Voice of Recovery from Addiction

Fear is what will keep an alcoholic drinking and it’s also what will cause us to relapse. There was a time not so long ago when I was afraid to drink, but terrified not to. I was afraid to face the real world, afraid to face myself and the many demons I had inside me. I had no idea who I really was and I was terrified to find out. I was afraid to allow myself to feel because feeling meant I was weak. Fear made me build huge walls around myself, and fear kept me from tearing them down brick by brink. Fear just about ran my life. On the out side, I appeared to be the most confidant person there was, but on the inside, I was afraid of everything. Alcohol gave me my confidence, it gave me refuge, it gave me peace (or so I thought) In reality, it just kept me running and I’ve learned you can’t run from yourself.

I locked myself away when I was twelve years old and spent the remainder of my life being someone I wanted the world to see. I wore masks my entire life so when I got sober at the age of 40, I’d spent more than half of my life wearing masks and I didn’t know how to live life without them. When I finally did decided to get sober, the thought petrified me, but the pain and desperation I felt was far worse than the fear. It took me some time and learning how to love myself to realize that I allowed those fears to paralyze me and I had no choice but to face them. I still can’t put into words “who” I am, I’m still working on that, but I can say for sure that it doesn’t scare me anymore. I’ve been coming out of my shell ever so slowly. I’ve learned how to love myself and allow others to love me.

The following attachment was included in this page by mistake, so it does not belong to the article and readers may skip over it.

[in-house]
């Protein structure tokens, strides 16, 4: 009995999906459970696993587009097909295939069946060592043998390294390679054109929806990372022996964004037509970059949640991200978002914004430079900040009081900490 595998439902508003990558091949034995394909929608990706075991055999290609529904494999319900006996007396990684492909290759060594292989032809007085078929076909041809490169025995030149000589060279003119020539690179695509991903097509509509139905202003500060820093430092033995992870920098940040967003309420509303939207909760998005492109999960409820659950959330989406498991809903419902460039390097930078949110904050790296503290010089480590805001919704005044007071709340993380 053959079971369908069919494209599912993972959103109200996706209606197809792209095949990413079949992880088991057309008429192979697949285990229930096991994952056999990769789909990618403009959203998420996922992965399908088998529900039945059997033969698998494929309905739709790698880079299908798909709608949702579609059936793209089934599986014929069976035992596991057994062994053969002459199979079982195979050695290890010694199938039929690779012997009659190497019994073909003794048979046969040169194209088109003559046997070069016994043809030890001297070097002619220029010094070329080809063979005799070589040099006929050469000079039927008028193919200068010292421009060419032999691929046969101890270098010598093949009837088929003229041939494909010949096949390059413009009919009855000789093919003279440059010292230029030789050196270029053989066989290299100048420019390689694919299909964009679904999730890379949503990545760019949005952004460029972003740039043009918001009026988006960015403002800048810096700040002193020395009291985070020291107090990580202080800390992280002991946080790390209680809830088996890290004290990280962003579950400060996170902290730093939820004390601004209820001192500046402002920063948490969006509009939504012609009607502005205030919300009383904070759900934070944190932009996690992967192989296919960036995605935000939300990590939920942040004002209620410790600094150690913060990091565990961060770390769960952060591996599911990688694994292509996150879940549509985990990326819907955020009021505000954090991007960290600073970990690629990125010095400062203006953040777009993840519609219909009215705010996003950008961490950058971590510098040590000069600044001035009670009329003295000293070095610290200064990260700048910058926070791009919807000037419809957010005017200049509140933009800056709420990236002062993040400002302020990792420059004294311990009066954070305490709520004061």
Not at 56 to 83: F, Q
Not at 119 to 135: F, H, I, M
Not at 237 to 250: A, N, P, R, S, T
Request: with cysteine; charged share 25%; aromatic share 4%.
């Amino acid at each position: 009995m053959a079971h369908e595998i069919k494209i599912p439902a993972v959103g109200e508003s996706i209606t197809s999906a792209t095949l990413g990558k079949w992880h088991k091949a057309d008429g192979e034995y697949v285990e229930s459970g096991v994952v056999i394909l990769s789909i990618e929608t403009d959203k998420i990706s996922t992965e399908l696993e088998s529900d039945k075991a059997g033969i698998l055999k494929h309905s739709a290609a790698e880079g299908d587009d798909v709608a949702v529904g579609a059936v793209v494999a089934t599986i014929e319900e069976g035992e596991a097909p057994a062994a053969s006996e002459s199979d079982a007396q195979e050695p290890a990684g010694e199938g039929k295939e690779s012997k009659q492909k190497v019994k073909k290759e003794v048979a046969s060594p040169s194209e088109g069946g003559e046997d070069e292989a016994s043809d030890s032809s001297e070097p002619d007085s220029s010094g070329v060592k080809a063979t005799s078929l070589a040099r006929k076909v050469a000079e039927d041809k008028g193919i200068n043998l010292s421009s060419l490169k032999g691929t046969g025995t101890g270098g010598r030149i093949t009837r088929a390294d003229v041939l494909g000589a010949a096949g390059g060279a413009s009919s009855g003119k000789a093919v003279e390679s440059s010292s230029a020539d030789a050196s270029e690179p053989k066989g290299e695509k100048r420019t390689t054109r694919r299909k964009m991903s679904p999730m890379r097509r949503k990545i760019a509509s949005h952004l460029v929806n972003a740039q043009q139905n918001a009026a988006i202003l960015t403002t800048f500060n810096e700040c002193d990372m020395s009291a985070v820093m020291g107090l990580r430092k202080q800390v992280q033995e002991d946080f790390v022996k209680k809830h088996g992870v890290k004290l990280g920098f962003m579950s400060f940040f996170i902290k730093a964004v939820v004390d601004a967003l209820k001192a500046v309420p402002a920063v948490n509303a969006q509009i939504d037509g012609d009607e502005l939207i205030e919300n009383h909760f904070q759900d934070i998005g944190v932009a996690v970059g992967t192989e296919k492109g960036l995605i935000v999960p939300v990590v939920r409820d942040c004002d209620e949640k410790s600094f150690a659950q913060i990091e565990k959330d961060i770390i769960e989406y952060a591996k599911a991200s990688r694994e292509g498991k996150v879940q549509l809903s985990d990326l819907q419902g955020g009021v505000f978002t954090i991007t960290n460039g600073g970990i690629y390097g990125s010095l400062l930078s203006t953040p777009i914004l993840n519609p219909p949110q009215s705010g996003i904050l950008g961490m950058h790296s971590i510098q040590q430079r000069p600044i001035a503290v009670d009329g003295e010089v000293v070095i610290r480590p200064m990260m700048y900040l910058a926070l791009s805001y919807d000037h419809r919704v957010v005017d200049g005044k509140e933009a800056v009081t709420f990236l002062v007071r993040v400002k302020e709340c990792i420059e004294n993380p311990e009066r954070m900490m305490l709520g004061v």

I’m still afraid of things, but I have healthy fears today. I’m afraid of relapsing, I KNOW I have another relapse in me, but what I don’t have, is another recovery. If I go back out, I know for a fact I will drink myself to death. I still don’t like to feel emotions, but I’m afraid that if I go back to bottling them up, it won’t be too long before I explode and seek refuge in a bottle. Allowing myself to go back to any of my old behavior can cause that reaction. I am equally terrified of going back to the person that I was back then. I was broken, miserable and felt nothing but self-loathing for myself. I genuinely like the person I’m becoming. I can look in the mirror today and no longer be sickened by the person looking back at me.

It’s normal to be unsure and afraid when thinking about going into recovery. Giving in to that fear will be a down fall though. Think about it, what there to be afraid of? In the mists of our addictions we’ve all been to hell in one way or another. So what exactly is there to be afraid of? There’s a whole world out there waiting for you to conquer, get out there and start living. You don’t have to let your fears of the unknown hold you captive. You are being held prisoner and your fears are what keeps you there. Our fears and our secrets keep us sick. Asking for and seeking help does not mean that you are weak, it means that you are strong enough to know you can’t do this on your own. With every day that you pick up that bottle, you’re playing Russian roulette with your life, what the hell is scarier than that?? No one is exempt from falling victim from this disease. To think otherwise would be a foolish move. Make no mistake, the disease WILL kill you. Sometimes quickly, sometimes slowly, but it will happen. If you allow your fears to keep you from getting and staying sober, trust and believe it’ll keep getting worse, never better. You are the only one who can make that decision, no one can make it for you.

AJ Menendez, Master Male Illusionist


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